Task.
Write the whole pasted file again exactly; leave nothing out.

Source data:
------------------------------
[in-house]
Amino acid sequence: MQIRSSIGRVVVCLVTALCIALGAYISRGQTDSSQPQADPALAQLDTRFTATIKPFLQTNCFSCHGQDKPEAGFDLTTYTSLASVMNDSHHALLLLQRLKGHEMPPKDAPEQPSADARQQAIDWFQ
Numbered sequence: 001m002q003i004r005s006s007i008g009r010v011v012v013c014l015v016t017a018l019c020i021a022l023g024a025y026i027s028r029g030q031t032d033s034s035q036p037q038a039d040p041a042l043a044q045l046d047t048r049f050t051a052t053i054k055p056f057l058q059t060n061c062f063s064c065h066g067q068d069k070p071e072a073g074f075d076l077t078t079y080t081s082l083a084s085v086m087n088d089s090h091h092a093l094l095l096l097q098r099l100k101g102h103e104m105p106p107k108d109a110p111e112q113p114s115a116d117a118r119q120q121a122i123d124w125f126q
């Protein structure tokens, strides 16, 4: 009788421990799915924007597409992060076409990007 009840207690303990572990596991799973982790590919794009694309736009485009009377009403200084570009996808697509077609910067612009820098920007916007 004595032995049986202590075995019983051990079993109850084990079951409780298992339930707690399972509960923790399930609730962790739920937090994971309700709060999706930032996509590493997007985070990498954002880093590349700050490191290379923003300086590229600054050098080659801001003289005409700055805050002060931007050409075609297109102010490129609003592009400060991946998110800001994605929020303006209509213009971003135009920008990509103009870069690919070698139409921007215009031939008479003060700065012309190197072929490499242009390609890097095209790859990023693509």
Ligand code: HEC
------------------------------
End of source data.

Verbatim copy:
[in-house]
Amino acid sequence: MQIRSSIGRVVVCLVTALCIALGAYISRGQTDSSQPQADPALAQLDTRFTATIKPFLQTNCFSCHGQDKPEAGFDLTTYTSLASVMNDSHHALLLLQRLKGHEMPPKDAPEQPSADARQQAIDWFQ
Numbered sequence: 001m002q003i004r005s006s007i008g009r010v011v012v013c014l015v016t017a018l019c020i021a022l023g024a025y026i027s028r029g030q031t032d033s034s035q036p037q038a039d040p041a042l043a044q045l046d047t048r049f050t051a052t053i054k055p056f057l058q059t060n061c062f063s064c065h066g067q068d069k070p071e072a073g074f075d076l077t078t079y080t081s082l083a084s085v086m087n088d089s090h091h092a093l094l095l096l097q098r099l100k101g102h103e104m105p106p107k108d109a110p111e112q113p114s115a116d117a118r119q120q121a122i123d124w125f126q
């Protein structure tokens, strides 16, 4: 009788421990799915924007597409992060076409990007 009840207690303990572990596991799973982790590919794009694309736009485009009377009403200084570009996808697509077609910067612009820098920007916007 004595032995049986202590075995019983051990079993109850084990079951409780298992339930707690399972509960923790399930609730962790739920937090994971309700709060999706930032996509590493997007985070990498954002880093590349700050490191290379923003300086590229600054050098080659801001003289005409700055805050002060931007050409075609297109102010490129609003592009400060991946998110800001994605929020303006209509213009971003135009920008990509103009870069690919070698139409921007215009031939008479003060700065012309190197072929490499242009390609890097095209790859990023693509």
Ligand code: HEC